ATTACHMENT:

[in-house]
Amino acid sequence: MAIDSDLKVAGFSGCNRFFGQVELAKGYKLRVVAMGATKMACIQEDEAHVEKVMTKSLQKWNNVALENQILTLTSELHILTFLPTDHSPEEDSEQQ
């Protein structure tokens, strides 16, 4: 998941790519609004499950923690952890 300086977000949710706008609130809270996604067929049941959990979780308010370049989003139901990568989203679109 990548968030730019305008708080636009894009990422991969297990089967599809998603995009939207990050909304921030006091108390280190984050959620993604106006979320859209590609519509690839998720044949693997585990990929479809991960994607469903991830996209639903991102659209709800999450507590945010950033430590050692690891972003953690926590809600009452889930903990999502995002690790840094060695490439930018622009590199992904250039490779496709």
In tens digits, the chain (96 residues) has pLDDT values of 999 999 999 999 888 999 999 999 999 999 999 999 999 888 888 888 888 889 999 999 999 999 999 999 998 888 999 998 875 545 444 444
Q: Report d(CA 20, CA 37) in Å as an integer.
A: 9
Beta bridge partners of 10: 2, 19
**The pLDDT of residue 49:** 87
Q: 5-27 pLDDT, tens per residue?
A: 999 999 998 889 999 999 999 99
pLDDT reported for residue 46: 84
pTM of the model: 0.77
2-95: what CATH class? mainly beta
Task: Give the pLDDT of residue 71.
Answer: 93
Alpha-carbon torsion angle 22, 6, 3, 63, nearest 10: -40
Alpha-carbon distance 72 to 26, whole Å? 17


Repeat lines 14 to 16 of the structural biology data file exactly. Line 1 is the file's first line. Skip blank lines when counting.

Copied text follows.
Task: Give the pLDDT of residue 71.
Answer: 93
Alpha-carbon torsion angle 22, 6, 3, 63, nearest 10: -40